We get called for scientific support up to 150 times a year for oil spills and other pollution events around the nation.
But sometimes those spills happen back-to-back in very different circumstances and very different parts of the country.
Learn how we handled these challenges in four recent spills.
Seabirds are a diverse group facing a lot of threats.
But it's not all bad news.
Learn about two notable restoration successes NOAA has been involved with along the California coast.
We have scheduled a Science of Oil Spills class for the week of April 27, 2015 in Houston, Texas.
We are accepting applications through February 27.
These trainings help oil spill responders increase their understanding of oil spill science when analyzing spills and making risk-based decisions.
Find out where you can get information about oil spills.
Plus, check out our infographic showing how many oil spill responses NOAA worked in 2014 and where they were located around the country.
These programs are designed to help prepare for and respond to chemical emergencies.
ESI maps provide a concise summary of coastal resources that are at risk if an oil spill occurs nearby.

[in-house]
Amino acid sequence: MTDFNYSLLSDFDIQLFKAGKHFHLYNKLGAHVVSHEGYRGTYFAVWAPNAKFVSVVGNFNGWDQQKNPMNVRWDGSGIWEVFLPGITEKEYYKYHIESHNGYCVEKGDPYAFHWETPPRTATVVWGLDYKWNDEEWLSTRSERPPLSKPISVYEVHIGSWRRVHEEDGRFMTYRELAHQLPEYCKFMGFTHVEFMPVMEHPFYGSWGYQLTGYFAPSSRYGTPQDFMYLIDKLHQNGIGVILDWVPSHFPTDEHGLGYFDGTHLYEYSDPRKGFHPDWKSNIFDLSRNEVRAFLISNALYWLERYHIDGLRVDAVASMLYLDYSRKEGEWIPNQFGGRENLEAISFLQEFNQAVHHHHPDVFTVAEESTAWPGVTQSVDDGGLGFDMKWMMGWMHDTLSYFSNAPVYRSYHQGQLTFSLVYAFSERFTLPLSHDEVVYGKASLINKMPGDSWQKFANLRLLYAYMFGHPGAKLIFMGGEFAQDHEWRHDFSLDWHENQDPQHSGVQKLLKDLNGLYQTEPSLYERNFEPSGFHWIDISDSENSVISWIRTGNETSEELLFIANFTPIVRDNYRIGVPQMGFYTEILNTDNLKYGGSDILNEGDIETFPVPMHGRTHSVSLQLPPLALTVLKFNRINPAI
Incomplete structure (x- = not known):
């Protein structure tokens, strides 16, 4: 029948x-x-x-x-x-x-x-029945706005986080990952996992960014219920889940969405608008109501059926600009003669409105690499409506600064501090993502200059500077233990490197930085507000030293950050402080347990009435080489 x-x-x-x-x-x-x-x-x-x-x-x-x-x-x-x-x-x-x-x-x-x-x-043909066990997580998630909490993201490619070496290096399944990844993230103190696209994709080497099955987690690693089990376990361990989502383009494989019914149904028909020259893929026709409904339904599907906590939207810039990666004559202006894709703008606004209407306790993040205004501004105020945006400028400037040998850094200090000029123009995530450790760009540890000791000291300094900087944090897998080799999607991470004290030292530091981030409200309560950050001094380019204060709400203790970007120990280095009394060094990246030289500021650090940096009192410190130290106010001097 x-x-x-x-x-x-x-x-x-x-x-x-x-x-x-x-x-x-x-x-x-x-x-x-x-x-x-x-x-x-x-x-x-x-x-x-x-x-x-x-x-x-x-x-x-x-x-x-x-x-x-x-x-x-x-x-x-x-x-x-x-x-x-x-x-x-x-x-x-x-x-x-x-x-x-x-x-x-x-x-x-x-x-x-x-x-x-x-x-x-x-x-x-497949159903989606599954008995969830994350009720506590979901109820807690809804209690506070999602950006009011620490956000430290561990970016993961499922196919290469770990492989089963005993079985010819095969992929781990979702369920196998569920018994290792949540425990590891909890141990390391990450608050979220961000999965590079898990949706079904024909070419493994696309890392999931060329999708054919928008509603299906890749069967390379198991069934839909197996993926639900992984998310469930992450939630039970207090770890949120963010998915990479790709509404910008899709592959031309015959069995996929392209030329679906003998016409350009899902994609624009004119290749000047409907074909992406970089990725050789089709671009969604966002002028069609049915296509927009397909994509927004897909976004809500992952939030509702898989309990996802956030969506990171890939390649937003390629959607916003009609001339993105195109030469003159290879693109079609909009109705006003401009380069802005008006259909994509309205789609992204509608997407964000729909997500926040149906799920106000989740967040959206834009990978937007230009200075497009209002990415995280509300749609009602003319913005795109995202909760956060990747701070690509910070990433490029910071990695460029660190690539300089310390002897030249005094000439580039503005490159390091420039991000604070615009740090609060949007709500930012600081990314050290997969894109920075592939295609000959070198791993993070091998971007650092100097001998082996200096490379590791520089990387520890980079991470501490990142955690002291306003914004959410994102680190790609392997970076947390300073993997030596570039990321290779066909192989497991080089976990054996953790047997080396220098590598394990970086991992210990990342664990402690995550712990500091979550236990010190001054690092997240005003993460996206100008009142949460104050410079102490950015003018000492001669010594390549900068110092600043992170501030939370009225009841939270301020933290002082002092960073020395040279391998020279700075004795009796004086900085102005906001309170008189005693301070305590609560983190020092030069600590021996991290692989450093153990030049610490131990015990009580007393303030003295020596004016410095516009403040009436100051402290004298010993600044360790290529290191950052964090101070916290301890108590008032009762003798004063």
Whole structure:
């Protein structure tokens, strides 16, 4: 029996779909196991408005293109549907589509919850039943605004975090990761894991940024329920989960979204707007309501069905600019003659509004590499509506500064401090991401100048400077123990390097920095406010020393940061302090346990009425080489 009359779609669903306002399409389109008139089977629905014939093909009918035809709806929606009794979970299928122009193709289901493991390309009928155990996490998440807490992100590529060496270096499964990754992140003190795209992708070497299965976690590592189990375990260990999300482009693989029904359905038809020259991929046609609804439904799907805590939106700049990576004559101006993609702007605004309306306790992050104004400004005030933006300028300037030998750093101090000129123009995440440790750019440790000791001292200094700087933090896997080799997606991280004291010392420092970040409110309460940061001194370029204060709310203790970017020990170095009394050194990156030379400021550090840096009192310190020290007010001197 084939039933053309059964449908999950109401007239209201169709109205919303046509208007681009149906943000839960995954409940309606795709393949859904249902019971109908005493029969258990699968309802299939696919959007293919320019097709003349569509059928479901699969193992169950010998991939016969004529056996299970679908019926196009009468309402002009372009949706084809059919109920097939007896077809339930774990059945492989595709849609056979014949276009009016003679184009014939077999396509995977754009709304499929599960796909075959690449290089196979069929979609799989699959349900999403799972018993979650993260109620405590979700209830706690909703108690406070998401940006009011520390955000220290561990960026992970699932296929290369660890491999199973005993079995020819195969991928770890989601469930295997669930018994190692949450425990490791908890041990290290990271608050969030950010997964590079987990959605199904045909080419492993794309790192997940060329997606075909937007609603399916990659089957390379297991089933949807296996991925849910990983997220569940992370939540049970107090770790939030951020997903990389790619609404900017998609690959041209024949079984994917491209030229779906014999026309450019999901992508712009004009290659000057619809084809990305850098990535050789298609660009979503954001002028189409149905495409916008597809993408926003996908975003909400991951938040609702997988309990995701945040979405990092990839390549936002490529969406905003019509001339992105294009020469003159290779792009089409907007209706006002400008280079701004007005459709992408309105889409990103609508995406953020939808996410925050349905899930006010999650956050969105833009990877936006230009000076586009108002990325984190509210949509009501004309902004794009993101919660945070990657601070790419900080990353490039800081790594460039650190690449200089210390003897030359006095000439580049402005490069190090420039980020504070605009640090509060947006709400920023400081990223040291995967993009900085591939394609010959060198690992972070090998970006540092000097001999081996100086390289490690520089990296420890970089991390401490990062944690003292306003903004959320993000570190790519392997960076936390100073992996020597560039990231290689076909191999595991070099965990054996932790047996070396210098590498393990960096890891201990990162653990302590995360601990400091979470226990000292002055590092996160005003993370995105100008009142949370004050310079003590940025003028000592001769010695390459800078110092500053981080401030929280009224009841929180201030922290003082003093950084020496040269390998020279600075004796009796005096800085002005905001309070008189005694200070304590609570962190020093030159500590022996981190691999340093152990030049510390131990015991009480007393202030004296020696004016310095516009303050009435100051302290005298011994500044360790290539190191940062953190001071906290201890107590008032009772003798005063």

Find out how NOAA is using the online mapping tool ERMA to help the Arctic region prepare for climate change and possible oil spills.
ADIOS is an oil spill response tool that models how different types of oil weather in the marine environment.
GNOME is a software modeling tool used to predict the possible route pollutants might follow in a body of water.
This software program predicts chemical reactivity for thousands of common hazardous chemicals.
Website owner: Office of Response and Restoration | NOAA's Ocean Service | National Oceanic and Atmospheric Administration | US Department of Commerce | USA.gov